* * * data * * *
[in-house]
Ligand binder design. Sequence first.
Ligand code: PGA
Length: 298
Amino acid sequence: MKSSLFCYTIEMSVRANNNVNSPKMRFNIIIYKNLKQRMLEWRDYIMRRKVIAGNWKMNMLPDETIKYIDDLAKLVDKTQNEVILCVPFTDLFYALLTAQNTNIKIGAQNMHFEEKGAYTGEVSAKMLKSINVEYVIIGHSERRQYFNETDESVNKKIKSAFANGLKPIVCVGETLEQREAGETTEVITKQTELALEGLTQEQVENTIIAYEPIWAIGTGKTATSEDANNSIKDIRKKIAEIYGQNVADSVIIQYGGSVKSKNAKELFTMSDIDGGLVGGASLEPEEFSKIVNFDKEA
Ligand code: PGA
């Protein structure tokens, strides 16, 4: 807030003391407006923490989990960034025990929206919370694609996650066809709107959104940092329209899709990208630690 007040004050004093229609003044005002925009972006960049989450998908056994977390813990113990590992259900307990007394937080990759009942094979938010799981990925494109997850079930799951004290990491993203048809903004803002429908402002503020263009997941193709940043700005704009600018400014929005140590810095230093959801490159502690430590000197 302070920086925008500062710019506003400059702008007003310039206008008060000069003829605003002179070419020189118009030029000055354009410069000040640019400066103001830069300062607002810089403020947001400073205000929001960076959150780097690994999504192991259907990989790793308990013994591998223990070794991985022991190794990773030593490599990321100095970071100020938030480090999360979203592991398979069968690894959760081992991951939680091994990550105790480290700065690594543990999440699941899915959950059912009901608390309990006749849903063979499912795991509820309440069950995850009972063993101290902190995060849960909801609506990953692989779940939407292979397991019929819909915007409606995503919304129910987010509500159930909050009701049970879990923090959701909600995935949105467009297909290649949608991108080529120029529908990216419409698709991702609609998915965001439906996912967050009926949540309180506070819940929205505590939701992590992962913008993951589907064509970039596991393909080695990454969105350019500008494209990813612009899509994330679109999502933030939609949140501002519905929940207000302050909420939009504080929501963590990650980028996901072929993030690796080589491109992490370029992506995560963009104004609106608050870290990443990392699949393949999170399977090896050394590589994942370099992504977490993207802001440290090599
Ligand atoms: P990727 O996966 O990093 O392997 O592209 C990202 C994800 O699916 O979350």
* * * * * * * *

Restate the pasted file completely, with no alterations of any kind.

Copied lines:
[in-house]
Ligand binder design. Sequence first.
Ligand code: PGA
Length: 298
Amino acid sequence: MKSSLFCYTIEMSVRANNNVNSPKMRFNIIIYKNLKQRMLEWRDYIMRRKVIAGNWKMNMLPDETIKYIDDLAKLVDKTQNEVILCVPFTDLFYALLTAQNTNIKIGAQNMHFEEKGAYTGEVSAKMLKSINVEYVIIGHSERRQYFNETDESVNKKIKSAFANGLKPIVCVGETLEQREAGETTEVITKQTELALEGLTQEQVENTIIAYEPIWAIGTGKTATSEDANNSIKDIRKKIAEIYGQNVADSVIIQYGGSVKSKNAKELFTMSDIDGGLVGGASLEPEEFSKIVNFDKEA
Ligand code: PGA
């Protein structure tokens, strides 16, 4: 807030003391407006923490989990960034025990929206919370694609996650066809709107959104940092329209899709990208630690 007040004050004093229609003044005002925009972006960049989450998908056994977390813990113990590992259900307990007394937080990759009942094979938010799981990925494109997850079930799951004290990491993203048809903004803002429908402002503020263009997941193709940043700005704009600018400014929005140590810095230093959801490159502690430590000197 302070920086925008500062710019506003400059702008007003310039206008008060000069003829605003002179070419020189118009030029000055354009410069000040640019400066103001830069300062607002810089403020947001400073205000929001960076959150780097690994999504192991259907990989790793308990013994591998223990070794991985022991190794990773030593490599990321100095970071100020938030480090999360979203592991398979069968690894959760081992991951939680091994990550105790480290700065690594543990999440699941899915959950059912009901608390309990006749849903063979499912795991509820309440069950995850009972063993101290902190995060849960909801609506990953692989779940939407292979397991019929819909915007409606995503919304129910987010509500159930909050009701049970879990923090959701909600995935949105467009297909290649949608991108080529120029529908990216419409698709991702609609998915965001439906996912967050009926949540309180506070819940929205505590939701992590992962913008993951589907064509970039596991393909080695990454969105350019500008494209990813612009899509994330679109999502933030939609949140501002519905929940207000302050909420939009504080929501963590990650980028996901072929993030690796080589491109992490370029992506995560963009104004609106608050870290990443990392699949393949999170399977090896050394590589994942370099992504977490993207802001440290090599
Ligand atoms: P990727 O996966 O990093 O392997 O592209 C990202 C994800 O699916 O979350």